The majority of the speakers and many of the bloggers had studied abroad, presumably in college, and everyone seemed to be on the same page as to the importance of spending time outside your passport country. This was awesome.
High school study abroad came up once or twice, and I found one of the White House speaker’s off-hand comments very interesting, basically that high school programs are for the “very adventurous.” I realize that the comment was probably made off the cuff, and maybe people do see it as very adventurous. But I think comments like that can make students and their parents wary of going abroad as a teen. We need more teens going abroad, not fewer!
As many of you know, I was a high school exchange student…but I’ve never considered myself very adventurous for spending 12th grade in Germany.
Does it take guts to leave your family, friends, school, pets, and everything you’ve ever known to move to a country you’ve never been to and whose language you don’t speak?
Yes, absolutely. Studying abroad in high school isn’t the easiest thing you can do, and it’s not right for all students, but I still wouldn’t say it’s for the “very adventurous.” Here’s why:
- It makes high school exchange sound exclusive, and students who could be amazing exchange students and benefit from the life-changing experience might not apply if they don’t consider themselves “very adventurous.”
- Why is going abroad as a high school senior more adventurous than going as a college freshman?
- My high school experience abroad was waaaaay different, and to be honest, in many ways richer than my college experience. We need more teens to have the type of deep intercultural experience that high school exchanges offer.
- Studying abroad as a teen is commonplace in many parts of the world.
- High school study abroad barely gets any recognition as it is, and comments like this – even off-hand comments – don’t help students and parents see that living abroad as a teen is doable, worthwhile, and necessary.
My high school experience abroad was the best thing I did in my K-12 education, hands down. I went from being a quiet, self-conscious, monolingual kid from a small town who wouldn’t go anywhere alone to a bilingual independent woman ready to take on the world at 17.
Going abroad in high school made me adventurous.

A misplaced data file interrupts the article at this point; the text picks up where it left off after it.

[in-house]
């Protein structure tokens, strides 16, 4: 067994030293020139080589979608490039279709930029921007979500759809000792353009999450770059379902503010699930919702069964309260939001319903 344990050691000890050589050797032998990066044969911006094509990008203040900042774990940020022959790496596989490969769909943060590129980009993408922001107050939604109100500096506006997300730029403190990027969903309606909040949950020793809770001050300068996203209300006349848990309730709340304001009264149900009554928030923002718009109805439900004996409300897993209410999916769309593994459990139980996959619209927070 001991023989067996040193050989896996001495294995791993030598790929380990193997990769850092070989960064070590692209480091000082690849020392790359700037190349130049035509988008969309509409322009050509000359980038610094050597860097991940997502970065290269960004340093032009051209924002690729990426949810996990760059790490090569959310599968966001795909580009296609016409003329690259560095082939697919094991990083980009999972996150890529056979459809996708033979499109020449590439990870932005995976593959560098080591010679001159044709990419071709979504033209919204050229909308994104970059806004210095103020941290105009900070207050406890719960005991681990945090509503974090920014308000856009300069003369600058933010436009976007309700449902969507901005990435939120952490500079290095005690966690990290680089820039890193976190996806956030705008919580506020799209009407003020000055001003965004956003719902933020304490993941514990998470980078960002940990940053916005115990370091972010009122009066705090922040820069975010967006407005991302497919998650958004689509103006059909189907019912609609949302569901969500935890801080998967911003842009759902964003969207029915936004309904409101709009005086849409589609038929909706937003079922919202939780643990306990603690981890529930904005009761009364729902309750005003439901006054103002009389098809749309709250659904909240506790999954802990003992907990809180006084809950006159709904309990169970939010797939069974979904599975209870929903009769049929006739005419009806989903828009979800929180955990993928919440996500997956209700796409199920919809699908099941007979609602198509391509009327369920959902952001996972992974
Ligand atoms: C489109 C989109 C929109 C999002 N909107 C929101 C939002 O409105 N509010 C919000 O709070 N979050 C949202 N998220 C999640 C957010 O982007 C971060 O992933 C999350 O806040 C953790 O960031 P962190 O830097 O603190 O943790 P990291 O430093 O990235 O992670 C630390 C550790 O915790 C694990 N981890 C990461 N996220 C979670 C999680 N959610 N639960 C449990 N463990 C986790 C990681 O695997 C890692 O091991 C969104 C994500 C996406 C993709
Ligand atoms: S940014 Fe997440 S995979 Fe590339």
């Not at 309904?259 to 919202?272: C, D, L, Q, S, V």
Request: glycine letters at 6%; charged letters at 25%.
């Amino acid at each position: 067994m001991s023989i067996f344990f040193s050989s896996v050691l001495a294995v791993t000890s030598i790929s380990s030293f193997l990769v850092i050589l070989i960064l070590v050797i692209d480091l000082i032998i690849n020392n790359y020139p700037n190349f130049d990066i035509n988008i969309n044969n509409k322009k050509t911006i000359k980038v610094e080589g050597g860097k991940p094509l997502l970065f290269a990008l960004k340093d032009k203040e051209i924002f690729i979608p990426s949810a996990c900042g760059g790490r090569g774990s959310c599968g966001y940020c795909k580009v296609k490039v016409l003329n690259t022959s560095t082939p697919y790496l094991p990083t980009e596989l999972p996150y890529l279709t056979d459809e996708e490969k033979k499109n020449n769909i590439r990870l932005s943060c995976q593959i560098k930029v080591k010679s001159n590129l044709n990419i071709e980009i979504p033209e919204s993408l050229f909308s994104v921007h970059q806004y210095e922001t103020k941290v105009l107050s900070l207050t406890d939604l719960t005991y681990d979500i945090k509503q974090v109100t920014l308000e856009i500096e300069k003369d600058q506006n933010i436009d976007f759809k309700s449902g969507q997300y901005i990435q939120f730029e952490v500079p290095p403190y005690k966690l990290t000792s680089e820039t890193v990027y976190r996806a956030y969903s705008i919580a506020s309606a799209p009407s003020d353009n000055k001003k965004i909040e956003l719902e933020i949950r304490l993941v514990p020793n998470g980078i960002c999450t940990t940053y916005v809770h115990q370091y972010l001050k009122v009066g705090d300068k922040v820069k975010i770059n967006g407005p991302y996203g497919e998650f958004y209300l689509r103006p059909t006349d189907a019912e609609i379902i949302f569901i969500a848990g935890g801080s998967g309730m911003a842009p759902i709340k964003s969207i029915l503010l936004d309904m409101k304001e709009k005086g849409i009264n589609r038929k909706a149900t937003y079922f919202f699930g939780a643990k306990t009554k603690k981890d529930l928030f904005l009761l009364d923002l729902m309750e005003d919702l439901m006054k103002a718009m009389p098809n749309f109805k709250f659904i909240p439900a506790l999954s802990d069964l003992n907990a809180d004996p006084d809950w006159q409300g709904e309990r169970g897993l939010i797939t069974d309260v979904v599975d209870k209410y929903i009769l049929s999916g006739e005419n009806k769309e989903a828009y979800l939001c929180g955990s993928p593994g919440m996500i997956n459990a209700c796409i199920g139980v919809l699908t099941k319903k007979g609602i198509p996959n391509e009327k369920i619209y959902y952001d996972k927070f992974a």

I learned how to navigate public transportation in a huge European city.
I experienced history (German Reunification) as it was happening.
I became my own support system instead of always relying on my mom to make me feel better.
I learned about healthy, functioning relationships by observing my host parents.
I was part of the family, not merely someone who rented a room in a German family’s basement (as is often the case with college programs).
I got to try on a “new me” because nobody knew me or had any pre-conceived ideas about who I was. (Important for someone who went to school with the same kids K-11.)
I received a competitive scholarship that paid for the entire program, which boosted my confidence.
I got to know highly educated professionals, which helped me see options for my own life that I hadn’t ever considered or even thought possible.
I was 100% immersed in German language and culture for 12 months. And because I was still relatively young, learning German in an immersion setting wasn’t that difficult.
As I said in a previous blog post, living abroad in high school didn’t change me, it created me. I’m US American but I there’s a big part of me that thinks like a European. Being able to see the world through two (or more) cultural perspectives is for everyone, and something we need more of.
Sure, I loved my college study abroad program. But when I signed up I assumed it would be Round 2 of my high school program; it wasn’t. I wasn’t immersed in the same way because I lived in a dorm, instead of with a family, and I took classes with international students instead of Germans.
My college year abroad was more about simply living in Germany and traveling all over Europe, which was valuable and awesome in its own right. But it wasn’t as deep of an experience as my high school program.
Bottom line? Go abroad. Whenever, however, wherever you can. But let’s stop classifying high school study abroad as for only one type of student, whether very adventurous, very rich, very smart, or very whatever.
We need MORE teenagers going abroad and to get more teens abroad we need teens and their parents to see that high school study abroad is for those who are interested in the world, not just the “very adventurous.”